When President Trump signaled Monday that he was prepared to send military forces to US cities in order to end unrest that has swelled since the death in Minneapolis police custody of George Floyd—and then had his attorney general order federal police to remove peaceful protesters from a park adjacent to the White House—Representative John Yarmouth warned, “The President just declared war on millions of Americans and the 1st Amendment. He is the greatest threat to the American way of life in our history.”

The Kentucky Democrat’s statement pointed to an unsettling irony.

The Constitution vests the power to declare war against foreign countries in Congress. But the law that Trump threatened to invoke in order to dispatch troops to communities across the country, the Insurrection Act of 1807, gives presidents at least some leeway to dispatch troops inside the United States without ever consulting Congress. “So what about now? Can Trump send federal troops to a state that doesn’t ask for them or even opposes them?” asked NBC News Justice Department and Supreme Court correspondent Pete Williams in an assessment of the Insurrection Act. “The current law doesn’t explicitly allow it. But it doesn’t clearly forbid it, either, and history is full of examples of presidents’ broadly interpreting this law or its forerunners.”

That’s something that members of the Congressional Progressive Caucus want to address. Immediately.

“In the coming days, we will be introducing legislation to prohibit the unilateral deployment of US military personnel into American cities without the explicit approval of Congress,” CPC cochairs Pramila Jayapal and Mark Pocan said Thursday, in conjunction with Representative Ilhan Omar. “Time and again, President Trump has governed as an authoritarian—abusing his power at the expense of the American people and our democracy. Now, he’s threatening to weaponize the US military against its own citizens.”

The message from the CPC leaders came amid a national outcry over Trump’s authoritarian excesses, which included a declaration Wednesday from Trump’s former secretary of defense James Mattis that “we do not need to militarize our response to protests.”

Noting the language that Defense Secretary Mark Esper has used and that Trump employed on Monday, Mattis wrote,

We must reject any thinking of our cities as a “battlespace” that our uniformed military is called upon to ‘dominate.’ At home, we should use our military only when requested to do so, on very rare occasions, by state governors. Militarizing our response, as we witnessed in Washington, D.C., sets up a conflict—a false conflict—between the military and civilian society. It erodes the moral ground that ensures a trusted bond between men and women in uniform and the society they are sworn to protect, and of which they themselves are a part. Keeping public order rests with civilian state and local leaders who best understand their communities and are answerable to them.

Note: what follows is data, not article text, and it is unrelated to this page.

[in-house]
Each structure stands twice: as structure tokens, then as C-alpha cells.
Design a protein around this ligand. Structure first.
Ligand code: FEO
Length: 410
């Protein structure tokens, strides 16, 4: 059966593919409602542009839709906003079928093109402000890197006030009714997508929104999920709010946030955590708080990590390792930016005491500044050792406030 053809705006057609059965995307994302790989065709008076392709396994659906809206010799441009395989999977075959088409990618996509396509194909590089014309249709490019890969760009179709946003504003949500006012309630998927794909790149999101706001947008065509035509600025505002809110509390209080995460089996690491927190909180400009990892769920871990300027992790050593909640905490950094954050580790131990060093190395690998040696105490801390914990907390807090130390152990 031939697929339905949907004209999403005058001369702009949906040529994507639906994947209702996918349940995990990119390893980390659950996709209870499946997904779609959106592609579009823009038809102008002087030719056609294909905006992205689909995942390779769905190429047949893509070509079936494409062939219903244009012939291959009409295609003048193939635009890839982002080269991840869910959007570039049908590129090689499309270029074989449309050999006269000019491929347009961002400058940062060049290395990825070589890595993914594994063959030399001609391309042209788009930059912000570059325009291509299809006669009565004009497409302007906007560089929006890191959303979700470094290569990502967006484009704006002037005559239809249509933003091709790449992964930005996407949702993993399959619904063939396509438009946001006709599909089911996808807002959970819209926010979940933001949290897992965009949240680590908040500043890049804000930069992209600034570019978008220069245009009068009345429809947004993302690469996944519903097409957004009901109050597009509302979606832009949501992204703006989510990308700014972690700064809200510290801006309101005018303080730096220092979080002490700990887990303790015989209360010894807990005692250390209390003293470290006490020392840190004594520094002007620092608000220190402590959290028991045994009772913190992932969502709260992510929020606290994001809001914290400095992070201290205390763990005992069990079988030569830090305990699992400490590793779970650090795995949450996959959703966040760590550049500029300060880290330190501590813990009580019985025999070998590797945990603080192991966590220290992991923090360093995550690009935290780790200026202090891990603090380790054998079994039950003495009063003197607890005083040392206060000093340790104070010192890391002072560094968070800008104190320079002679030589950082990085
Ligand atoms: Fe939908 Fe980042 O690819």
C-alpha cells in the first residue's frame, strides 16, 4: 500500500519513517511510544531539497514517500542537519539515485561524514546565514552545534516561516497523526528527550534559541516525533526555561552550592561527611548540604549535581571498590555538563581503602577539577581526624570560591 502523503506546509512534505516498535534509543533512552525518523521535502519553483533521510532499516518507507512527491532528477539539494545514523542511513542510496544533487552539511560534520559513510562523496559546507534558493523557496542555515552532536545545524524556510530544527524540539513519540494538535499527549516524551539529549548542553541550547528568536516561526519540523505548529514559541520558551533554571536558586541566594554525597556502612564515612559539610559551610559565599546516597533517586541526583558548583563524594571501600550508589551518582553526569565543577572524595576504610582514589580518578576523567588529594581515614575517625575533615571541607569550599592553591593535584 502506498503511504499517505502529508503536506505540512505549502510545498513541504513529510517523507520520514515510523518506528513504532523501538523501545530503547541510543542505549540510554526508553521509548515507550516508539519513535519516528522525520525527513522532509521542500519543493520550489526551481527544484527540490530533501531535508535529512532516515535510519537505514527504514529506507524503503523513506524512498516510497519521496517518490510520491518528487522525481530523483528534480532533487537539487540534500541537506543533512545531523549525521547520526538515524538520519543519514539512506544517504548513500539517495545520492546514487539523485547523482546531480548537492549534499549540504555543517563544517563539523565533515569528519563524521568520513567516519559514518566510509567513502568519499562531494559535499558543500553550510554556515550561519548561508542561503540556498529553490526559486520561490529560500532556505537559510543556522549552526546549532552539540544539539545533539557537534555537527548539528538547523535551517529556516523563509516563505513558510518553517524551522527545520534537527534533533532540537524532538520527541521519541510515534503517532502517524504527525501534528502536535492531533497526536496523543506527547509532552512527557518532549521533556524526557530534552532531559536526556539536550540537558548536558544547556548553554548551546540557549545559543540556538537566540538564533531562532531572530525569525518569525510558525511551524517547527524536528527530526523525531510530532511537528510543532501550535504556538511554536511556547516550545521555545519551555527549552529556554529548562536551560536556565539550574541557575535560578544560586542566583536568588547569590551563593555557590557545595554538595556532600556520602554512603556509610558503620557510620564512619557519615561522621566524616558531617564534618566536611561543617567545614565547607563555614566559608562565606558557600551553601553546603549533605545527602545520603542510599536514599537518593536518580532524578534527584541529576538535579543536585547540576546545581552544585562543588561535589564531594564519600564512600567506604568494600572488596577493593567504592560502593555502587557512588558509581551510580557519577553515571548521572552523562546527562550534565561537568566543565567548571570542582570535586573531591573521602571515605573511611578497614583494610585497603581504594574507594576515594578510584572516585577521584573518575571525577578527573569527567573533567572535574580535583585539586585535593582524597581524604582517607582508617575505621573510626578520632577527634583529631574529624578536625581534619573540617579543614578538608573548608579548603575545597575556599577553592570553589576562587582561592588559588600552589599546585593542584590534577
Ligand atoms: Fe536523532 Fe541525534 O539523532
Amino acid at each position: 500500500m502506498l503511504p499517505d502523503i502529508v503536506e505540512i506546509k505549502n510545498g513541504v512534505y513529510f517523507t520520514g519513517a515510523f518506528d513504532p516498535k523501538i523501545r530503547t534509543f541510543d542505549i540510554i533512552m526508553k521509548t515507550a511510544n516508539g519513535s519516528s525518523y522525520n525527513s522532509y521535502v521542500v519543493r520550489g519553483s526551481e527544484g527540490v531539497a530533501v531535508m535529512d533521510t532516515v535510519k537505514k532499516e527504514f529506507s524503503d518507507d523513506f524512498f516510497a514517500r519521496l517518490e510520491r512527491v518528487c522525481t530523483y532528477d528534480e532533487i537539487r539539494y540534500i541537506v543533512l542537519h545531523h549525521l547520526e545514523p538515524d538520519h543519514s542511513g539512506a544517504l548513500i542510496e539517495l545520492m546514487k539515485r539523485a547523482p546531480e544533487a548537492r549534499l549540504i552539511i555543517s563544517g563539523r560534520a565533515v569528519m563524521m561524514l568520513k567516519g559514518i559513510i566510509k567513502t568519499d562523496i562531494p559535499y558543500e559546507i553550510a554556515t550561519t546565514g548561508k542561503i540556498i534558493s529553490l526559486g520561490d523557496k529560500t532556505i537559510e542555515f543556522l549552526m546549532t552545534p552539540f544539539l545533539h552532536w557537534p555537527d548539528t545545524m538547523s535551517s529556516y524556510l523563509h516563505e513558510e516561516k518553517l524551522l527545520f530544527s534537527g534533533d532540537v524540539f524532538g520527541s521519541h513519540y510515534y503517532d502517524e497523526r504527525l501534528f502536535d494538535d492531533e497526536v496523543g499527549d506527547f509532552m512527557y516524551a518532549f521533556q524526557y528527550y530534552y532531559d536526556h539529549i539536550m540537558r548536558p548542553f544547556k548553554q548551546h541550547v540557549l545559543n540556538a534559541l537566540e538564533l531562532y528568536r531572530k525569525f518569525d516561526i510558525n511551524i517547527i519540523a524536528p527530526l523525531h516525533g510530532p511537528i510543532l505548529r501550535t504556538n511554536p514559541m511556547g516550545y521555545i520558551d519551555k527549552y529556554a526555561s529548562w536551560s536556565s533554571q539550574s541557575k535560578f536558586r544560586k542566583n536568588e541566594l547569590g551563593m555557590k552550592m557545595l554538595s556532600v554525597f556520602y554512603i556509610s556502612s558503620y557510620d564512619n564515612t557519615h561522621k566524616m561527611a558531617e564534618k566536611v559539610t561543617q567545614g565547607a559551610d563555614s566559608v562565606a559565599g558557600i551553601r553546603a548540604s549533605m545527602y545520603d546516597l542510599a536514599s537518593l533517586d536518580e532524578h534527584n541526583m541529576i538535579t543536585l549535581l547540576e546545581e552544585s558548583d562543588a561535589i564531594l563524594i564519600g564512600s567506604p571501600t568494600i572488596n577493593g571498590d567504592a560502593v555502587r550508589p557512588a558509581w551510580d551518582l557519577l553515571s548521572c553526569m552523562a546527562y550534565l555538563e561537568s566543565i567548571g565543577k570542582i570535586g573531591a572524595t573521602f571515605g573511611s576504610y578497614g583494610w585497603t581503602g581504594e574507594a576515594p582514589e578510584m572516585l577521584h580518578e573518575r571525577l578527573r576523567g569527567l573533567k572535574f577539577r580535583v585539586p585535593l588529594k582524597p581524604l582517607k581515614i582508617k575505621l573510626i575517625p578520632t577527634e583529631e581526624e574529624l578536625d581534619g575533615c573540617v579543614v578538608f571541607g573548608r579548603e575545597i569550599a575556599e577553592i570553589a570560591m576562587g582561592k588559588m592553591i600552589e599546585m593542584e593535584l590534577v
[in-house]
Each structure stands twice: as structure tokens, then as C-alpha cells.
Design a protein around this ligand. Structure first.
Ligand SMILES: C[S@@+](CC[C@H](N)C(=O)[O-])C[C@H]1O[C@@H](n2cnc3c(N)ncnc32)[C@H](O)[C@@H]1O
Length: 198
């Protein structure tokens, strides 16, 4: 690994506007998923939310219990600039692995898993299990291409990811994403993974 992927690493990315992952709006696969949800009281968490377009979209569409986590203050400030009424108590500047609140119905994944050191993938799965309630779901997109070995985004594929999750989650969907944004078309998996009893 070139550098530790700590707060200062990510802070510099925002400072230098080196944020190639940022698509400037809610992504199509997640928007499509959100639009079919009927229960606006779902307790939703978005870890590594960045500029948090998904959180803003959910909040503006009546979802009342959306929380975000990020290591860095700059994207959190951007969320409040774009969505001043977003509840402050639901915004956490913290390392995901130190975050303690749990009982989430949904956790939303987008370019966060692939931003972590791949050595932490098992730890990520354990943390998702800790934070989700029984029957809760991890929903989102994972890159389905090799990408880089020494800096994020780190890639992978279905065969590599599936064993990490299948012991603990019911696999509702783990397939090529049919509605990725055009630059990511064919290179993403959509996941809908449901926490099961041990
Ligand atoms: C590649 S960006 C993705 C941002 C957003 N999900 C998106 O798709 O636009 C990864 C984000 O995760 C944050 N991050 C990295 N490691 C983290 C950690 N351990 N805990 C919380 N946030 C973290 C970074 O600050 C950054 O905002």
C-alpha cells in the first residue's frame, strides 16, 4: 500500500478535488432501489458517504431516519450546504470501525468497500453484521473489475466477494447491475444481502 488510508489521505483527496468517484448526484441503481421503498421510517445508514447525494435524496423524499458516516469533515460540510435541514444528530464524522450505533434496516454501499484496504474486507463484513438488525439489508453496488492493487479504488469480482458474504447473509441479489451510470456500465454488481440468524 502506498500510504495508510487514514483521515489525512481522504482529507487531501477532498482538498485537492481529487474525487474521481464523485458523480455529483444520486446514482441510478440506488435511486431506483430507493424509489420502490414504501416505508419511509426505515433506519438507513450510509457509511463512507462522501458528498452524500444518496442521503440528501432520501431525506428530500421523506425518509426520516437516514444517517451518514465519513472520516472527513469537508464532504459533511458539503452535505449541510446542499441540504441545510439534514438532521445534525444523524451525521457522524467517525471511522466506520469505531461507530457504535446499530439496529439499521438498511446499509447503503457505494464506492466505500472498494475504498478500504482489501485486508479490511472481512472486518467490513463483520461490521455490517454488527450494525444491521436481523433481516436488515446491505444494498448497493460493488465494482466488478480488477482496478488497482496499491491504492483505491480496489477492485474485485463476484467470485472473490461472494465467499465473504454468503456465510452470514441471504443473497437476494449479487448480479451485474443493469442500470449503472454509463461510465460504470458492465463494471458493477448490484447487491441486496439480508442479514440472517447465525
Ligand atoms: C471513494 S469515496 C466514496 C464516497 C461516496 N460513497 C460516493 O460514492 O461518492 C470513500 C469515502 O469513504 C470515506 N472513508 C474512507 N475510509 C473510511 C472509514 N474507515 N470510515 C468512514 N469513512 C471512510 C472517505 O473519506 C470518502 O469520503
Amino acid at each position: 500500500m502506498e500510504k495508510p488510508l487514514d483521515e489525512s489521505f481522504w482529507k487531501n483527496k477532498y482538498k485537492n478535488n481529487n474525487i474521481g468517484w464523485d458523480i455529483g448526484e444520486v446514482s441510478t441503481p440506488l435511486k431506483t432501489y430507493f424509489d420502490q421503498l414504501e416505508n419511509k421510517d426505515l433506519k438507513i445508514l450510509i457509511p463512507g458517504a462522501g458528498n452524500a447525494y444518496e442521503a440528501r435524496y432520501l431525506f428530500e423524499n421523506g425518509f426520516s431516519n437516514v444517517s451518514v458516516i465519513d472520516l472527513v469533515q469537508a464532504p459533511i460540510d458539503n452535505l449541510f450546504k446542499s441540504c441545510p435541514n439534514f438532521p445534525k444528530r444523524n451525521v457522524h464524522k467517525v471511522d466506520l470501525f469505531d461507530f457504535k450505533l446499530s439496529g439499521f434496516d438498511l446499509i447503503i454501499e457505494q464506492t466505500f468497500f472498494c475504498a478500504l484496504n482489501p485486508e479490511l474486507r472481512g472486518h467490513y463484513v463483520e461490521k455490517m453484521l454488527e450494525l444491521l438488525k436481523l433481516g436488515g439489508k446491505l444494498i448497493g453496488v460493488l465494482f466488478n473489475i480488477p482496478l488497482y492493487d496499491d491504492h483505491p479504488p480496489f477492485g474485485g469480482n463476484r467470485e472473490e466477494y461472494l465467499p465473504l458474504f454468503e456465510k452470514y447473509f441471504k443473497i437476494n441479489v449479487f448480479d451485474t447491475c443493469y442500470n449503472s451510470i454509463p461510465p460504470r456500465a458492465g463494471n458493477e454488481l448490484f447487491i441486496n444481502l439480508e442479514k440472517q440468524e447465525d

Mattis, a retired Marine general, was one of several prominent military figures who raised concerns about Trump’s ranting about military crackdowns on demonstrations against police brutality and structural racism. “Even President Trump’s own Secretary of Defense, Mark Esper, opposes deploying troops to silence the protests,” noted Representatives Omar, Jayapal, and Pocan. “The American public has a constitutionally protected right to free speech. Deploying the military in an attempt to quash these protests would be an attack on our constitution, our democracy, and our people. Congress must send an unequivocal message that this grotesque abuse of power will be stopped.”

Pocan, in an interview with The Nation, said the president’s recent actions have created a sense of urgency on the part of members of Congress. Noting reports that chemical irritants such as pepper balls were used to disperse protesters, the representative said, “He used chemical weapons against peaceful protesters for a photo op, so it doesn’t give us confidence that we should trust the president to make unilateral decisions about using military force domestically.”

Might Republican members of Congress, who usually bend to the will of the president, be inclined finally to stand up? That’s going to be necessary to override an all-but-certain veto. Some Republicans have been outspoken in their criticisms of Trump’s recent actions. For instance, South Carolina Senator Tim Scott said, “If your question is: Should you use tear gas to clear a path so the president can go have a photo-op? The answer is no.” But whether these objections could translate to a sufficient level of support to sustain the legislation remains a tall order, especially with a Senate that has been disinclined even to assert basic premises of the Constitution when it comes to checking and balancing the president’s war powers.

Yet, Pocan says, “this is not complicated. If we accept that the Constitution says the president has to go to Congress in order to go to war internationally, then he certainly should have to go to Congress and get permission before he deploys troops in the U.S.”